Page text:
This same type of learning can be applied to other complex ideas like what a disease does to the body or how a drug works inside the body.
Kyle Crumrine, senior web designer at Siren Interactive, contributes this post:
Teaching people with a chronic disease about exactly what is happening inside their bodies has always been a difficult task. Describing a disease with text or even with pictures and diagrams can be complicated and difficult to understand. Even video and 3d animation can be tough to follow and confusing. One way to combat this obstacle is to structure the way that the information is delivered. Rather than it being a passive experience where the user’s attention could fade or wander, an interactive learning experience that forces fixed attention in order to achieve objectives is a much more effective and engaging option.
videogamers (found in 71% of U.S. households) are more social than non-gamers, more influential about entertainment and gadgets, and more likely to be part of the “early adopter” crowd (likely to pay a premium for the newest technology).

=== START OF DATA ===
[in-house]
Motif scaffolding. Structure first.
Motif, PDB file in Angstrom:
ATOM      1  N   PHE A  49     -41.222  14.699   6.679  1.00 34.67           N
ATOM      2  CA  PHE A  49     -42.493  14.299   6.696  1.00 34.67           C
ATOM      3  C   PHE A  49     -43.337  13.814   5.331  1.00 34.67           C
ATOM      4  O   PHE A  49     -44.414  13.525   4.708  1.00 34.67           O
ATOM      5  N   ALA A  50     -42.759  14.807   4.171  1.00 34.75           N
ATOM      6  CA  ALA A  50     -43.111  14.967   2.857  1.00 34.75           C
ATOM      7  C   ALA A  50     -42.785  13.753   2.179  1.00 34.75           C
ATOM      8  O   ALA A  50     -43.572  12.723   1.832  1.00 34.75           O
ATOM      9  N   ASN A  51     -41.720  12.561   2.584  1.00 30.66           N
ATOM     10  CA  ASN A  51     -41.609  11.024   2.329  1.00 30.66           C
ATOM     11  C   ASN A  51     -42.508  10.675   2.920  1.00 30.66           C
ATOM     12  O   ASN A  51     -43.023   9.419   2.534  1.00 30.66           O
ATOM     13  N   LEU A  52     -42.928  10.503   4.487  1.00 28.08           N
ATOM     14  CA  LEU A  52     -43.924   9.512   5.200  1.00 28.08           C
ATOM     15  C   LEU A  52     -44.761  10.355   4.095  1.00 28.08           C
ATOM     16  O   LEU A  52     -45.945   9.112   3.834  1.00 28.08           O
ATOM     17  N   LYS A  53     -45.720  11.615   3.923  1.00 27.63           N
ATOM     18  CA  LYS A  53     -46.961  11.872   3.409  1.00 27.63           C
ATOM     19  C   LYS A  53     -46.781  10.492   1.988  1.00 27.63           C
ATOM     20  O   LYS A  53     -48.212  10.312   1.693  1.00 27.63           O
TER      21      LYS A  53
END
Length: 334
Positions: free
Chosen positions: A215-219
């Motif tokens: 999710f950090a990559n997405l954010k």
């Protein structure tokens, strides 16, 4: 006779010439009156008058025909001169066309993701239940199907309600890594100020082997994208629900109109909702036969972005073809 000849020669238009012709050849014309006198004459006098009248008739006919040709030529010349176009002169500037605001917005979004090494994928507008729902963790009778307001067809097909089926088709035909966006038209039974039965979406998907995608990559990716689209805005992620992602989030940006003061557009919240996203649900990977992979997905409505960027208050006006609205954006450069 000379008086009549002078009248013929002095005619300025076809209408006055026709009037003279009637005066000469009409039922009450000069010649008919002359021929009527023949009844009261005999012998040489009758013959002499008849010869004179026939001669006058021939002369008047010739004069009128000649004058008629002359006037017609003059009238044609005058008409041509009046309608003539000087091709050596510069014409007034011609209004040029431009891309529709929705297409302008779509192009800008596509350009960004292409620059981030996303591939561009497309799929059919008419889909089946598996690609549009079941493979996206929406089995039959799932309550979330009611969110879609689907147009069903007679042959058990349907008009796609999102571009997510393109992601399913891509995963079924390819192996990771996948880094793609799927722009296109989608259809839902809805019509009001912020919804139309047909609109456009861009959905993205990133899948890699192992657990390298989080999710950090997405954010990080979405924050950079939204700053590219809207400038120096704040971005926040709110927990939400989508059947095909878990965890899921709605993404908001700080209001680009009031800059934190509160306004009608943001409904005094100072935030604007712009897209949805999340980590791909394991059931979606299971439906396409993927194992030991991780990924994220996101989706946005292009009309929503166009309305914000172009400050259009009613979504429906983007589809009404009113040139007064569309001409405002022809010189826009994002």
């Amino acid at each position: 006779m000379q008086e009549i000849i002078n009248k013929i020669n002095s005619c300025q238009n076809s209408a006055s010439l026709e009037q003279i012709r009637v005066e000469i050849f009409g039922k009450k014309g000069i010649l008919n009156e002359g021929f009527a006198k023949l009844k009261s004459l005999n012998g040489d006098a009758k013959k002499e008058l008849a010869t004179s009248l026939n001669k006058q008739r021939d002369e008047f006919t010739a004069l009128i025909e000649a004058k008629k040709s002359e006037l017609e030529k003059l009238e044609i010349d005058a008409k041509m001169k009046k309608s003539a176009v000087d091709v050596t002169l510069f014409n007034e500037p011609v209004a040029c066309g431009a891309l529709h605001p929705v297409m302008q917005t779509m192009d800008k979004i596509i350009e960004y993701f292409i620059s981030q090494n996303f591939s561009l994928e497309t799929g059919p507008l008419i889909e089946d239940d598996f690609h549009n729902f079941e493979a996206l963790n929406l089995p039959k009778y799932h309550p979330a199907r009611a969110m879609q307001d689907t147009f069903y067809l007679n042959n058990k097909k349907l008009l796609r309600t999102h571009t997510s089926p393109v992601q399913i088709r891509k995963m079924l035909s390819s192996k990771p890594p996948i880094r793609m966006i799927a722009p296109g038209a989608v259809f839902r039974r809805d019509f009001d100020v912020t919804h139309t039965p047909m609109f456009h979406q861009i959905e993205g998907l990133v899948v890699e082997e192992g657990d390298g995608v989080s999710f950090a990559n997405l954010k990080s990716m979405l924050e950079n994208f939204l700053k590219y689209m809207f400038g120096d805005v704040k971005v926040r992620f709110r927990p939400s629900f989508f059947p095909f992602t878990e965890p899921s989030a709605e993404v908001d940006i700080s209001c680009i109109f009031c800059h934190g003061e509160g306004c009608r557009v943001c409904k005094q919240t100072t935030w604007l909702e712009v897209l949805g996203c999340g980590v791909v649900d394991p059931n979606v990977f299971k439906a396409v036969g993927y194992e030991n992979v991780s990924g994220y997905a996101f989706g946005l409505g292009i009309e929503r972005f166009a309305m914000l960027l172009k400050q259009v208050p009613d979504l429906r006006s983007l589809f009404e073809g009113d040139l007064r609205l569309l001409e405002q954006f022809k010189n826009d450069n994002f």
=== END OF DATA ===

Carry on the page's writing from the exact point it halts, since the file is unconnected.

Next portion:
I met a really interesting woman named Teri Louden recently who runs a healthcare portal called gaming4health.com. She is really doing great things promoting gaming as a way to engage people in their own healthcare and step into health 2.0.
iConecto estimates that health eGames – video games intended to deliver health benefits – will be a market of approximately $7 billion between mid-2008 and mid-2009. This includes sub-categories like brain fitness, exergaming, and other consumer and professional health eGames.
Plus, a recent study by IGN Entertainment and Ipsos Media CT maintains that videogamers (found in 71% of U.S. households) are more social than non-gamers, more influential about entertainment and gadgets, and more likely to be part of the “early adopter” crowd (likely to pay a premium for the newest technology).
Does this sound like an audience you can afford to ignore?
Here are three new ways to view gaming with a healthcare lens: